My Top Surprises
I’ve been blogging now for four years. I have done some things right, but many things wrong. If you are thinking of starting a blog, I shared my advice in an earlier post.
Someone recently asked me, “What surprised you most about getting this project going?” At first, I thought about the platform I used, about the wrong advice, about the misunderstanding I had about it all. As I reflected on it further, it was even more basic.
As I think about this list, I realize that these surprises are not only for bloggers but also for authors. See if they ring true for you:
10. How long it takes.
When I first started, oh my word! Everything took so long. I would labor over something. I thought I was a good writer but learned how far I had to go. The formatting, the images…the everything. It just took forever even with some help. Fast forward a few years and all that has changed.
Benefit: I have a greater appreciation for digital content creation and design.
9. How fast you can write and produce.
Sure, I may labor on something for longer than I should, but I don’t need to anymore. I can write posts quickly. What took forever is now routine, easy, and takes little time.
Benefit: I’m now a faster, better, clearer writer. This has been a big benefit at work.
8. How critics emerge.
Who ARE these people? Produce free content, designed to help people whether increasing their productivity in meetings or their creativity, and you want to argue about it? Out of nowhere, people will criticize what you say, what you do, or how it looks. Look closer and you may find that these people are unhappy, unsuccessful, and unfulfilled. Don’t ignore them, but write posts to help encourage them.
Benefit: I now handle critics better than I ever did.
7. How easy it is to be discouraged or stop.
I can’t tell you how many times I consider just shutting it all down. Anything worthwhile requires a commitment, so I power through those times.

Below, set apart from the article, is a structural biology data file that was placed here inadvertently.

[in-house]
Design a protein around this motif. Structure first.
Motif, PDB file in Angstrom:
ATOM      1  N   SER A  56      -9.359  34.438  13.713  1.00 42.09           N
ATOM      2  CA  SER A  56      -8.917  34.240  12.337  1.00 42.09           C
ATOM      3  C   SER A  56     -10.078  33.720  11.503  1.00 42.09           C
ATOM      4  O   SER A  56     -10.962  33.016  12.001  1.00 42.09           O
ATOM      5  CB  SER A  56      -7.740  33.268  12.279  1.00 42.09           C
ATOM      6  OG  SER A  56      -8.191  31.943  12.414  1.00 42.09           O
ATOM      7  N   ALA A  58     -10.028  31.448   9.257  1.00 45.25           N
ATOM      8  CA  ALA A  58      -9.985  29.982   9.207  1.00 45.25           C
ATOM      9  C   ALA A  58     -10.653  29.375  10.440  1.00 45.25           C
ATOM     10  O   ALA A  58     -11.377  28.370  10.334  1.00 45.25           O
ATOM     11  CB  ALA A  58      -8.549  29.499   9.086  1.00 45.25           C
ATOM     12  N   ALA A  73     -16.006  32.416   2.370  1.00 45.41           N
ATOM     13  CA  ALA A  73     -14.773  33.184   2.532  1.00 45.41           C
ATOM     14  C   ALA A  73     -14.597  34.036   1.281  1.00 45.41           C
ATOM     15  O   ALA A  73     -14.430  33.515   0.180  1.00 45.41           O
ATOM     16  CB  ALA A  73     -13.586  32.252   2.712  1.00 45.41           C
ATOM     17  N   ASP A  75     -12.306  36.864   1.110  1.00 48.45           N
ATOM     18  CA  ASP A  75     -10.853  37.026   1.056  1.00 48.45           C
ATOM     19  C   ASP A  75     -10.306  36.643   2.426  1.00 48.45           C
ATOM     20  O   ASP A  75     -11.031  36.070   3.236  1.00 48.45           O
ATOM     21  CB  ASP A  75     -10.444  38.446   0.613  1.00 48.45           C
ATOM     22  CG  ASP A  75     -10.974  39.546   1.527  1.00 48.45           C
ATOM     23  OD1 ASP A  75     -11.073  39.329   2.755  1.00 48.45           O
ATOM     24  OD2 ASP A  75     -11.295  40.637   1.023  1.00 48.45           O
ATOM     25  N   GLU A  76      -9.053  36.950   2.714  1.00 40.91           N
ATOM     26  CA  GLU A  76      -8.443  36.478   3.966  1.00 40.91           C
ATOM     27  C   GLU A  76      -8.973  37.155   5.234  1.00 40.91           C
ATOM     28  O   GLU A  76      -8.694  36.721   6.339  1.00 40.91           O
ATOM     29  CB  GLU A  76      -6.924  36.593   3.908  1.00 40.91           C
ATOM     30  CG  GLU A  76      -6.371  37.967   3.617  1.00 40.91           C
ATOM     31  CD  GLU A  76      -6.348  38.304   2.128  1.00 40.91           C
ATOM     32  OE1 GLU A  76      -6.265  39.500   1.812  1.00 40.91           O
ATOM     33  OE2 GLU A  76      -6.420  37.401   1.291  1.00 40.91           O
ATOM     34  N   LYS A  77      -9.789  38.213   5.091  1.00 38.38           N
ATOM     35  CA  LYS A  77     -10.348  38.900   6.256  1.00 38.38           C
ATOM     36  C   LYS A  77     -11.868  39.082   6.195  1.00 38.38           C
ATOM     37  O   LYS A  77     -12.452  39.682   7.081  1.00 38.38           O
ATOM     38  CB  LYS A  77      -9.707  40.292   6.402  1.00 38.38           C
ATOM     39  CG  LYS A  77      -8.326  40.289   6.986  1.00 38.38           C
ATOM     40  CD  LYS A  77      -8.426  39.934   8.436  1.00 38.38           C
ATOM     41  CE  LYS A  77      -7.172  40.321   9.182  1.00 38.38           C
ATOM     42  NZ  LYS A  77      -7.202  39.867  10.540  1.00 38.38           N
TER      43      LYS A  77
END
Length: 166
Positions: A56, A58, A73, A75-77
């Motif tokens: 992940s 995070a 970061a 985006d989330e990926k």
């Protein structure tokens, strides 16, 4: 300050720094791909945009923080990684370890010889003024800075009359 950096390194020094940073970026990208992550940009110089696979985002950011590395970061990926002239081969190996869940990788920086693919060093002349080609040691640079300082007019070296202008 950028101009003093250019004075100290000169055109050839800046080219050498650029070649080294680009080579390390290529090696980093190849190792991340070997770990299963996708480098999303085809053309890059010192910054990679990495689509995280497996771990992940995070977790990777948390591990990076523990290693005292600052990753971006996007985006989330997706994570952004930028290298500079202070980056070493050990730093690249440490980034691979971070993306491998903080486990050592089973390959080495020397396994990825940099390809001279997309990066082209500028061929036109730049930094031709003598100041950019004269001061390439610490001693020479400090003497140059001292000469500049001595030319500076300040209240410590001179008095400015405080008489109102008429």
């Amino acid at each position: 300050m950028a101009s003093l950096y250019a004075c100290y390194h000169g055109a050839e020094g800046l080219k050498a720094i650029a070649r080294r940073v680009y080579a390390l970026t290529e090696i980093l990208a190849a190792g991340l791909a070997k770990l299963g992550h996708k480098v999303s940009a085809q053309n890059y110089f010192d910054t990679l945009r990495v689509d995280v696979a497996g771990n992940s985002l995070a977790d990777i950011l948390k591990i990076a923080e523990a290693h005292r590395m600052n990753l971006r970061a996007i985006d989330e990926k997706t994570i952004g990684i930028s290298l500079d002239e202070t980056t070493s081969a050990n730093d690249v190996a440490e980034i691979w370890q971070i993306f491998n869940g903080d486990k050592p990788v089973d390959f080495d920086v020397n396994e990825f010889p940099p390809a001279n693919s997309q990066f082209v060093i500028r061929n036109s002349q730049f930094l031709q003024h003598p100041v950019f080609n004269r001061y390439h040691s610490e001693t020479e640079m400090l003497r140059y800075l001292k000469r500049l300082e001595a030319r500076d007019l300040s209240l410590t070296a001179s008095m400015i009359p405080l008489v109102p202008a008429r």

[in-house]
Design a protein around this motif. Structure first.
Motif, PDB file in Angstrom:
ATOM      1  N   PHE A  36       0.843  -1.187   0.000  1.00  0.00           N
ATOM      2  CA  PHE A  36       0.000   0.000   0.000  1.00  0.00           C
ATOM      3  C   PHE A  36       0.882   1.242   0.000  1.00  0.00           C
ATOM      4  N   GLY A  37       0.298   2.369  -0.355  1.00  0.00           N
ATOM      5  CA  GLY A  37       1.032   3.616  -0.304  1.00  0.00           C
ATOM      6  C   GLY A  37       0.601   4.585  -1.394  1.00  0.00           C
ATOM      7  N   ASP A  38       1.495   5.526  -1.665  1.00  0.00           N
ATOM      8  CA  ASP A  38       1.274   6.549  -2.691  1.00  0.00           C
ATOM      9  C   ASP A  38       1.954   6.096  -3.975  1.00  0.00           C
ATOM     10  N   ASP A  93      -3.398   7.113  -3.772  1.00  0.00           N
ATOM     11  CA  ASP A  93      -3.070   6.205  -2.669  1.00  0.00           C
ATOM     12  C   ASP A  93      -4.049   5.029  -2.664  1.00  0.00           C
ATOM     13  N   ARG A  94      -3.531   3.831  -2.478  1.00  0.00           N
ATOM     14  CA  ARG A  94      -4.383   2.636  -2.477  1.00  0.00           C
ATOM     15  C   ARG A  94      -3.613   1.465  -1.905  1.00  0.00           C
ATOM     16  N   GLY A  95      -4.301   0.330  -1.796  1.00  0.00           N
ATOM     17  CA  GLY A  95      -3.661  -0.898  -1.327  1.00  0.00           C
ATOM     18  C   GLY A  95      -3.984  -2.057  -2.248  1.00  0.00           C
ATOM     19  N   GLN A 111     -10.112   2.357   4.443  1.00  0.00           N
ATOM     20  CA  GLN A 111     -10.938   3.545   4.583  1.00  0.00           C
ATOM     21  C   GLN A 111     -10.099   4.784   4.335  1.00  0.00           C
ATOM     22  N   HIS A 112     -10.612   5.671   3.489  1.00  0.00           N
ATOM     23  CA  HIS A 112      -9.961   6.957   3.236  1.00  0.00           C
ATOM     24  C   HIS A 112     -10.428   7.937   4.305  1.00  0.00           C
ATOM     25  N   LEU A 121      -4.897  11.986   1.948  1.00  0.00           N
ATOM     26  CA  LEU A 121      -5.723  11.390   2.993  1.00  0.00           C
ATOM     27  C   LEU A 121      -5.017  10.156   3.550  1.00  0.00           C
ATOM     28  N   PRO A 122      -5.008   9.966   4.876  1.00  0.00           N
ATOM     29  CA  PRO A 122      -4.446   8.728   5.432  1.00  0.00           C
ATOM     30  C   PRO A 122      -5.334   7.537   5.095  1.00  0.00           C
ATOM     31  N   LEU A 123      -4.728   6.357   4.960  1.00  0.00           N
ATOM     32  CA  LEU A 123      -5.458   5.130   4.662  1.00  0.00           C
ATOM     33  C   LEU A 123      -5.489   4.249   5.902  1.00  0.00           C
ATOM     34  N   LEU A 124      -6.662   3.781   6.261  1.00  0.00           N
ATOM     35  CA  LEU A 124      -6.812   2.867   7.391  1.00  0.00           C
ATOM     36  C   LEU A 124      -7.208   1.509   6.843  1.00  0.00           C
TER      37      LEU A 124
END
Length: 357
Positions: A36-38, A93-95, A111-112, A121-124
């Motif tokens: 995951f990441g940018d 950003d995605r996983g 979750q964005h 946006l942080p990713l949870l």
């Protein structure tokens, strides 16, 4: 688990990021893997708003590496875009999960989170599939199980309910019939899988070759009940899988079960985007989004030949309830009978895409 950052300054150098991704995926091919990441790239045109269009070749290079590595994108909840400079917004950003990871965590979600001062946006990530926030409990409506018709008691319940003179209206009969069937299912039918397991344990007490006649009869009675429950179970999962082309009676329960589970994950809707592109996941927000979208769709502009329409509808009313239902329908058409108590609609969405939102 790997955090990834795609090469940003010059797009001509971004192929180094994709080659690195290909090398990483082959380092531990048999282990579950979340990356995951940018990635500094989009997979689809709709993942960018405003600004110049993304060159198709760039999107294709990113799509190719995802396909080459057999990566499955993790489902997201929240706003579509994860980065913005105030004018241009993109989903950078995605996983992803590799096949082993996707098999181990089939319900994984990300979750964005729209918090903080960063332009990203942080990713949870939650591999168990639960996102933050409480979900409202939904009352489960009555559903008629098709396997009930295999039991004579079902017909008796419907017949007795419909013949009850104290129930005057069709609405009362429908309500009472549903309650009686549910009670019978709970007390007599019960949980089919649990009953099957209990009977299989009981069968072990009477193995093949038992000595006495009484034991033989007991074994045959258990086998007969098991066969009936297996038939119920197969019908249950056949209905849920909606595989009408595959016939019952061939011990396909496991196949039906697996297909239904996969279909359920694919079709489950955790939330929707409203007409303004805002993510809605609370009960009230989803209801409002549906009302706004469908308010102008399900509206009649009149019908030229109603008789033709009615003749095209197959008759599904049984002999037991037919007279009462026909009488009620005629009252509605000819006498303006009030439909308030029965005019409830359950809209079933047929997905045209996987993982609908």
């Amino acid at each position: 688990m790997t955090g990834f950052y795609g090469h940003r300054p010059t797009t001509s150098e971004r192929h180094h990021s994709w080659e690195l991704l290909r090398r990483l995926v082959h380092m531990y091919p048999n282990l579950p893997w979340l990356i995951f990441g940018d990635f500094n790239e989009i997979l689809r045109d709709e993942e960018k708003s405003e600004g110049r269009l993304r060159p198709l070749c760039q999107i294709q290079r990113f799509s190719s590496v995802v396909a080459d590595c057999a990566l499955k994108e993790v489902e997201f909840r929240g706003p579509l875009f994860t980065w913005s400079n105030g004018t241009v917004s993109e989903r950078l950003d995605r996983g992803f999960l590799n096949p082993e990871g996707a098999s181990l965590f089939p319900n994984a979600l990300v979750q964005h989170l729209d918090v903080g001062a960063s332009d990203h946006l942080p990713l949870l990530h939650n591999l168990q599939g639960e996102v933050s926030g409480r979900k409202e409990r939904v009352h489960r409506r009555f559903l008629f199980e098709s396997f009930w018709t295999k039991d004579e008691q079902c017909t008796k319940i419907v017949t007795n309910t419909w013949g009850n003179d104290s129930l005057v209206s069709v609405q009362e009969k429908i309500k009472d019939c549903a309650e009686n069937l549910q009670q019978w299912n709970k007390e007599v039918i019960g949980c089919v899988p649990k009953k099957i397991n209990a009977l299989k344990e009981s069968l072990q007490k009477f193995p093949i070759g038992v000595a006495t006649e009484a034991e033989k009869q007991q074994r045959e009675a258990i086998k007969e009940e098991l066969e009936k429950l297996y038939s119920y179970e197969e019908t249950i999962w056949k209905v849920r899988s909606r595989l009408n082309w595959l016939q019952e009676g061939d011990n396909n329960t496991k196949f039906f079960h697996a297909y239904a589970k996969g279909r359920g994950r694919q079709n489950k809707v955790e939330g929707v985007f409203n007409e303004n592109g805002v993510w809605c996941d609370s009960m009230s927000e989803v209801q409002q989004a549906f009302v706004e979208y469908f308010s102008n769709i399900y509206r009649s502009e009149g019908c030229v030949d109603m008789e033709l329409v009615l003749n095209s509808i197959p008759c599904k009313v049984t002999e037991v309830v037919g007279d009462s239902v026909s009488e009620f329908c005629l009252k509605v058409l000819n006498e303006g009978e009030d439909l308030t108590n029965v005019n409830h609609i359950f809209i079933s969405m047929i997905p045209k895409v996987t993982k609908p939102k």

Benefit: I learned to be self-motivated and find encouragement in the small things.
6. How disciplined you must be.
Everyone has a different process. Some people regularly get up and write a post. That’s not at all what I do. I may write numerous posts on a long international flight and then queue them up. Some of my posts that appear were written some time ago. This blog is not my main job and not my main focus, and I keep everything in perspective. But it has increased my discipline and focus in a way that I never imagined.
Benefit: No doubt about it. I am more productive, manage my time better, and am more efficient as the result of my blogging experience.
5. How content does not always equal success.
Some people will tell you, “Just keep writing. Eventually, it will all come together.” Maybe that’s true. On the other hand, get crystal clear on your goals. Is it to sell something? Generate traffic? Enhance your career? Use it as a stress outlet? Great content no longer is enough. Your site must be optimized for mobile. You need social media expertise. Your design and branding have to work. And the more like-minded people you are associated with, the better your chances are for success. Great writing is not enough. You need great promotion. And you need social proof.
Benefit: I have become an online networker, met more positive, productive people due to blogging than I ever could in person. Many I now call friends.